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Dedekind Cuts

  1. Oct 29, 2009 #1
    1. The problem statement, all variables and given/known data
    Show that if [tex]\alpha[/tex] and [tex]\beta[/tex] are Dedekind cuts then so is [tex]\alpha[/tex] + [tex]\beta[/tex]={r1+r2: r1 [tex]\epsilon[/tex] [tex]\alpha[/tex] and r2[tex]\epsilon[/tex][tex]\beta[/tex]

    2. Relevant equations

    3. The attempt at a solution
    If a dedekind cut is a cut whereby the sets on the left side of the cut and the right side of the cut would contain all the rational numbers then the cut itself is an irrational number right? If you add to irrationals dont you get another irrational number, thereby having another cut where the LH U RH still contains all the rationals?
  2. jcsd
  3. Oct 29, 2009 #2
    Have you checked the three properties (non-empty, closed below, and has no greatest rational element)?
  4. Oct 29, 2009 #3


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    How is addition of Dedekind cuts defined?
  5. Oct 29, 2009 #4
    Not sure, the question was stated as I wrote it.

    And this part: [tex]\alpha[/tex] + [tex]\beta[/tex]={r1+r2: r1 [tex]\epsilon[/tex] [tex]\alpha[/tex] and r2[tex]\epsilon[/tex][tex]\beta[/tex]

    throws me off... is this to say that alpha is the left hand set and beta the right hand set (or vice-versa) else im not sure what they mean by r1 in Alpha and r2 in Beta. I thought the alpha and beta's were the actual cuts?
  6. Oct 29, 2009 #5


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    What is the definition of a Dedekind cut?
  7. Oct 29, 2009 #6
    Its a "cut" that separates all rationals into two sets and has the props:

    1. The sets are non-empty
    2. Every rational is in one set or the other
    3. Every number in the Left set is less than every number in the Right set.

    So is the question stating that Alpha is on set and beta is the other set? If so then I dont know what the mean by Alpha + Beta?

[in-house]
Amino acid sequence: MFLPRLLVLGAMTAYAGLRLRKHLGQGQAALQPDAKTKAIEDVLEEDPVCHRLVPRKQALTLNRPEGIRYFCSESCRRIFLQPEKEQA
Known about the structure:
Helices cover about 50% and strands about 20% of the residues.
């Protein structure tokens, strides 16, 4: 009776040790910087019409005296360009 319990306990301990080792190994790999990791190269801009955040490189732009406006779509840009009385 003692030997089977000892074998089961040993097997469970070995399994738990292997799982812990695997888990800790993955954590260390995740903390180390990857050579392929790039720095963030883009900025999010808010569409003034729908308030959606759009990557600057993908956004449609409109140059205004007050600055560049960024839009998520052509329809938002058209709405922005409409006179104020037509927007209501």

8. Oct 29, 2009 #7


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    If that is the definition of Dedekind cut your book uses, then something is very wrong in the statement of your homework problem. What exactly was asked?
  9. Oct 29, 2009 #8


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    Oh, FYI, there is another commonly used definition of Dedekind cut. As compared to your definition, this other definition defines a Dedekind cut as being the left-hand set.

    I.E. if (L,R) is a your-Dedekind cut, then L is an other-Dedekind cut. Conversely, if L is an other-Dedekind cut, then (L, Q-L) is a your-Dedekind cut.

    Your originally stated problem makes sense with this definition.
  10. Oct 29, 2009 #9
    ok, now the problem makes all kinds of sense.

    So let [tex]\alpha[/tex] and [tex]\beta[/tex] be dedekind cuts.

    WLG [tex]\alpha[/tex] [tex]\subseteq[/tex] [tex]\beta[/tex]

    [tex]\forall[/tex]r1 [tex]\epsilon[/tex] [tex]\alpha[/tex] and r2 [tex]\epsilon[/tex] [tex]\beta[/tex] r1+r2[tex]\epsilon[/tex][tex]\beta[/tex] which, by definition has no largest rational?

    Note: Damn it, this only works if we are talking about the righ-hand set. Then I don't get how r1 + r2 [tex]\epsilon[/tex] beta and be guaranteed not to have a largest rational since r1 and r2 could be rational elements and this set is bounded above
    Last edited: Oct 29, 2009
  11. Oct 30, 2009 #10


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    You don't need to get "r1 + r2 [tex]\epsilon[/tex] beta " and that is not necessarily true. All you need to do is show that [itex]\{ r_1+ r_2| r_\in \alpha, r_2\in \beta\}[/itex] is a cut.

    You need to prove:
    1) It is non-empty.
    2) There is some rational number that is not in it.
    3) If x is in the cut and y is not then x< y.
    4) It contains no largest number.

    The first three are pretty simple. To prove the fourth, by contradiction, suppose it were not true. That is, suppose there exist r which is the largest member of this set. Then there exist [itex]r_1\in \alpha[/itex] and [itex]r_2\in \beta[/itex] such that [itex]r_1+ r_2= r[/itex]. Now use the fact that [itex]\alpha[/itex] and [itex]\beta[/itex] have no largest member.

    (I apologize for my first response. I misread the question and didn't realize that you were defining "[itex]\alpha+ \beta[/itex]".)
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